• Incentives – There will be incentives to consider particularly when it comes to any project involving leasing. Those incentives should be expected and thereby structured into project cost. The levels of incentive will vary depending on vacancy rates currently, the availability of other properties for occupancy or sale, and the levels of enquiry that apply to the property type.
  • Market rentals – The Levels of market rental will be determined by the property market, the volume of inquiry currently, and the property location. All of these things will have an impact on market rentals to be targeted and negotiated. Research the local area to understand what market rentals have been doing over recent time. Look at the factors of supply and demand so that you can determine the trends that may apply to future market rentals after your property release.
  • Tenant mix – The tenant mix within the property may need to change. On that basis you should undertake a review of existing leases, existing tenants, specialty tenants, and anchor tenants. When undertaking a property upgrade, it is wise to consider the required movement of tenants from in and around the property. Some of your tenants will be desirable for the long term and give the tenancy mix a level of stability. Review the tenancy mix with due regard to long-term occupancy and income benefit to the property for the landlord.
  • Cost of works – The cost of the project will involve a number of variables including construction costs, consultancy costs, site modifications, plans and approvals, and code compliances.
  • Timing – determine how long it will take to complete the necessary upgrade works. The local property market should be comprehensively assessed for the impact that will follow from your new project.
  • Impact on occupancy – When considering a property upgrade understand the pressures that could be placed on the tenants and any customers. Dust, noise, and inconvenience are common factors that will have an impact on property occupancy. Other issues can also evolve such as loss of rent, loss of trade, and tenant volatility. Prepare for the problems that are likely to occur as a result of your property project. Some of those issues could very well be merged into the cost of the project and cost benefit analysis.
  • Loss of rent – Any property renovation will likely have an impact on the tenants in occupancy. It may be more difficult for them to transact business and attract customers. The loss of rent may be unavoidable and on that basis you should prepare the landlord of the appropriate income downgrade. The financier for the project should also be suitably briefed and prepared to allow for a slowing in rental income.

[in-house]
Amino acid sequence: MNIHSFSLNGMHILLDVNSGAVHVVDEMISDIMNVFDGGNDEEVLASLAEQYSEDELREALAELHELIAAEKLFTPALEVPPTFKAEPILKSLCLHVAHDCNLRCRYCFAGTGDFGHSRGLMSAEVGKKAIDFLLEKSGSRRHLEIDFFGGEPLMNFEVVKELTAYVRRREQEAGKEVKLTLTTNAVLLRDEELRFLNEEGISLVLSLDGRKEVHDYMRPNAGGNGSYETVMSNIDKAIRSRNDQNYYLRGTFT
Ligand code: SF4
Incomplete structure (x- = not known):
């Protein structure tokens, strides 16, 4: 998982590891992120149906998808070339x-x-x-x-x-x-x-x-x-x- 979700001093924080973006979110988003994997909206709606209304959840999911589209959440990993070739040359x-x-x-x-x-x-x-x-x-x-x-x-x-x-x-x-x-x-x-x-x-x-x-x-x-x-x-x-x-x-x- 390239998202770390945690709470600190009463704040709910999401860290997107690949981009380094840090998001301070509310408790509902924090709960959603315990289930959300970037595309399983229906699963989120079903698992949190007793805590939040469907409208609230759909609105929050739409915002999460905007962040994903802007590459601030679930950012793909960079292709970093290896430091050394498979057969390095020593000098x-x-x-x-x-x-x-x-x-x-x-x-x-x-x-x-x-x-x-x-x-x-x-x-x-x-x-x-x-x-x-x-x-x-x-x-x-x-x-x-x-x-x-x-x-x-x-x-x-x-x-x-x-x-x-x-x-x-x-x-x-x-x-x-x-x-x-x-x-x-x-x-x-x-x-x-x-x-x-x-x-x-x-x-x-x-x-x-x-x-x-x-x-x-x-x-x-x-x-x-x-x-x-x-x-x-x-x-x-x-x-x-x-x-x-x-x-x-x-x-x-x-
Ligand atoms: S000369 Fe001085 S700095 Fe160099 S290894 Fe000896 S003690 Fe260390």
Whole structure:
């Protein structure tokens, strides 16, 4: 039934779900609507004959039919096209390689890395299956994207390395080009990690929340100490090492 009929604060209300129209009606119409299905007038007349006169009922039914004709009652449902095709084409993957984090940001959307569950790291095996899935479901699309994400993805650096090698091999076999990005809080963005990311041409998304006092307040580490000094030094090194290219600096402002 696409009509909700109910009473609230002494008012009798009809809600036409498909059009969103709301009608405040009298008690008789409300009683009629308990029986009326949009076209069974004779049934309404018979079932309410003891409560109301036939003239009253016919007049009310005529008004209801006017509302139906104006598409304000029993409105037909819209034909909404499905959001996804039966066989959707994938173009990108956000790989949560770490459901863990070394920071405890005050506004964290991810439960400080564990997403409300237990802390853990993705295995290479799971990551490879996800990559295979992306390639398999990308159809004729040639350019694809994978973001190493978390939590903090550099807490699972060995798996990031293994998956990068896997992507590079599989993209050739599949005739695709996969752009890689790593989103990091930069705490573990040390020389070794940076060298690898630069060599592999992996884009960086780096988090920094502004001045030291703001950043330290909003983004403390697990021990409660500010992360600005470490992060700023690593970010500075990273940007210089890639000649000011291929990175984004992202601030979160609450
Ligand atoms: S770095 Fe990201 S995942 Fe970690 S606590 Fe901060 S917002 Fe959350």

• Improved rental returns – Whilst an improvement of rental returns may be the result at the completion of the project, the complete project may take some months to reach finality. Undertake a number of separate rental valuations in the local area to estimate the level of rental improvement.
  • Costs of new leases – When negotiating new occupancy agreements with existing and new tenants to the property, there will be a cost to the preparation of lease documentation. Set allowances for those costs in the overall project.
  • Targeted tenants – Determine who your targeted tenants will be as part of the project and lease negotiations. With some of those tenants you will need to set negotiation parameters to finalise lease occupancies as soon as possible. Don’t allow your prime and high quality tenants to move to another property. Protect your good tenants through timely proactive lease negotiations.
  • Outgoings recoveries and changes – In any property change there will be escalations and differences when it comes to outgoings costs and building expenditure. The value of the property will rise and on that basis lift the level of outgoings costs. There will also be costs associated with building operational costs and further plant and machinery. You will need to establish a plan and strategy to determine how outgoings will change as a result of the new project.

So there are plenty of things for you to consider as a commercial real estate agent when it comes to undertaking a cost-benefits analysis for any new property project or property upgrade. Gather the required information carefully and selectively so that you can make the final property decisions in a timely and direct way for the landlord client or property investor.

Decisions should be made based on facts and logic from the local property market. When it comes to critical decisions like this with commercial and retail investment property, remove the emotion and make the final choice is based on sound advice, market evidence, and the landlord’s financial expectations.